One New Year’s Day, Noelle Oxenhandler took stock of her life and found that she was alone after a long marriage, seemingly doomed to perpetual house rental and separated from the spiritual community that once had sustained her. With little left to lose, she launched a year’s experiment in desire, forcing herself to take the plunge and try the path of Putting It Out There. It wasn’t easy. A skeptic at heart, and a practicing Buddhist as well, Oxenhandler had grown up with a strong aversion to mixing spiritual and earthly matters. Still, she suspended her doubts and went for it all: a new love, a healed soul, and the 2RBD/1.5 BA of her dreams. Thus began her initiation into the art of wishing brazenly.
In this charming, compelling, and ultimately joyful book, Oxenhandler records a journey that is at once comic and poignant, light and dark, earthy and spiritual. Along the way she wonders: Does wishing have power? Is there danger in wishing? Are some wishes more worthy than others? And what about the ancient link between suffering and desire? To answer her questions, she delves into the history of wishing, from the rain dance and deer song of primeval magic to modern beliefs about mind over matter, prosperity consciousness, and the law of attraction.
As the months go by, Oxenhandler is humbled to discover the courage it takes to make a wish and thus open oneself to the unknown. She is surprised when her experiment expands to include other people and other places in ways she never imagined. But most of all, she is amazed to find that there is, indeed, both power and danger in the act of wishing. For soon her wishes begin to come true–in ways that meet, subvert, and overflow her expectations. And what started as a year’s dare turns into a way of life.
A delightfully candid memoir, unfettered, poetic, and ripe with discovery, Oxenhandler’s journey into the art and soul of wishing will inspire even the most skeptical reader to search the skies for the next shooting star.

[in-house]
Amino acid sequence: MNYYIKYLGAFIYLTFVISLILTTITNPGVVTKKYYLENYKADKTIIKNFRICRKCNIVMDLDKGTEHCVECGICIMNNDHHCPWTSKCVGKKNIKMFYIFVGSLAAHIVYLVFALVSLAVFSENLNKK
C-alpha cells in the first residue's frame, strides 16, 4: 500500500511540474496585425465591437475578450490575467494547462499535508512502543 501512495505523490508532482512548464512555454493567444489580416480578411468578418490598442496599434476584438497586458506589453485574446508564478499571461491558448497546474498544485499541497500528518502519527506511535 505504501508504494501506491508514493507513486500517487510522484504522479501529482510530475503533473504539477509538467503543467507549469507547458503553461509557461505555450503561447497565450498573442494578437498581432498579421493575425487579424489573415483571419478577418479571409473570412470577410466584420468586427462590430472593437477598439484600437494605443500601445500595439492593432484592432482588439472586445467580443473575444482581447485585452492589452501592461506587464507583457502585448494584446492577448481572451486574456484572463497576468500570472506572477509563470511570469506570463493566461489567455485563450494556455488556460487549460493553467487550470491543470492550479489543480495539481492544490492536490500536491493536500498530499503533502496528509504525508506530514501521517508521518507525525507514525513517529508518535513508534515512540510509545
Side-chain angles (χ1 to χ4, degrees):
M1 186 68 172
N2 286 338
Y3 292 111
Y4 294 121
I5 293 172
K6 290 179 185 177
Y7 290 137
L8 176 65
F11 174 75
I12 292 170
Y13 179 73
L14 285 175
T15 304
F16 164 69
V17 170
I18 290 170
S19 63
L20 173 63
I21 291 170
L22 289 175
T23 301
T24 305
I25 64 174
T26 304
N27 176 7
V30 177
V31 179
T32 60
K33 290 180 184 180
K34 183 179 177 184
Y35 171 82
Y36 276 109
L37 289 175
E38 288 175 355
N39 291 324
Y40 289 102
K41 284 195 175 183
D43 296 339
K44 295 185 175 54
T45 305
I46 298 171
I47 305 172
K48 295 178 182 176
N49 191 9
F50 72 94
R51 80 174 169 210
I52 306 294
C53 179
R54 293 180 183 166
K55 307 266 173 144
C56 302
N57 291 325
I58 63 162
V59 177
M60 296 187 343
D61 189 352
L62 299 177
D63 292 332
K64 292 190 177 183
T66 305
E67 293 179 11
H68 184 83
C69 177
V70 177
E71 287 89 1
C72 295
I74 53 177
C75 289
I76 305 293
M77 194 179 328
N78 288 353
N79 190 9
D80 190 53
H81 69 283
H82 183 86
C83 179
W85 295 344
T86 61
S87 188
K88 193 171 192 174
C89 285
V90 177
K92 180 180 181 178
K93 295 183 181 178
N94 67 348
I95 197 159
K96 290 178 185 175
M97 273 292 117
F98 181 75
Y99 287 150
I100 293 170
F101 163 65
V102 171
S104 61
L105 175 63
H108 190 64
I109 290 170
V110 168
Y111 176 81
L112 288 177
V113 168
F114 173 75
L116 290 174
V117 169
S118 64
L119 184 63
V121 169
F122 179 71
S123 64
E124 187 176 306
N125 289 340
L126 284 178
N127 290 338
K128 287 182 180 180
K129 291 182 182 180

Praise for THE WISHING YEAR
"This is a wonderful book, full of wisdom gleaned from a year of Noelle Oxenhandler's daring to embrace what she had previously denied herself--her own personal wishes. I highly recommend The Wishing Year for anyone wanting to learn more about what life has to offer when we pay attention to our heart's desires."
–Sarah Susanka, author of The Not So Big Life
"Do you want to know how wishes come true? Then read The Wishing Year. It's a book that beautifully illuminates the art and mystery of wishing--and it does so in a way that is inspiring, funny, serious, honest, heartfelt, and irresistibly readable."
–Jack Kornfield, author of After the Ecstasy, the Laundry
"The Wishing Year is an elegant exploration of the way thought shapes reality. Writing with great personal honesty and candor, Noelle Oxenhandler's exhilarating prose takes us deep into the pain and glory of being human."
–Mark Epstein, M.D., author of Open to Desire
“Oxenhandler's new book makes it okay to be a smart, sophisticated grow-up who also believes in magic. She dives beneath the new age veneer and deconstructs how wishes really come true.” –Susan Piver, author of How Not to Be Afraid of Your Own Life
The year she turned 50, Oxenhandler (The Eros of Parenthood) deeply longed for three things: a house, a man and spiritual healing. This memoir tells of her 12-month attempt to fulfill these longings while reflecting on "the quintessentially human act of wishing," with all its power and pitfalls. She goes house hunting, visits places of spiritual sanctuary and nurtures a new relationship all while struggling to overcome her tendency to be a "terrible wish snob" who balks at the notion of voicing worldly and altruistic wishes together in the same breath, of mixing the profane and the divine more generally. She considers wishing in its broader contexts: mythology, American history, folktales, theology, superstition, philosophy, New Age and psychology. Her philosophy/religious-studies education, guilt-prone sensibility (she's half-Jewish and was raised Catholic) and 30-year history as a practicing Buddhist complicate her careful study and make for a smart read. Oxenhandler does little to resolve or even fully explore the crises that set her on her quest (seven years earlier, an affair ended her marriage as well as her place in her spiritual community), and her pat conclusions hardly match the strength of the work as a whole. Nonetheless, readers will enjoy watching Oxenhandler realize her dreams through diligence, hard work and a "willing suspension of disbelief" in the captivating magic of wishing.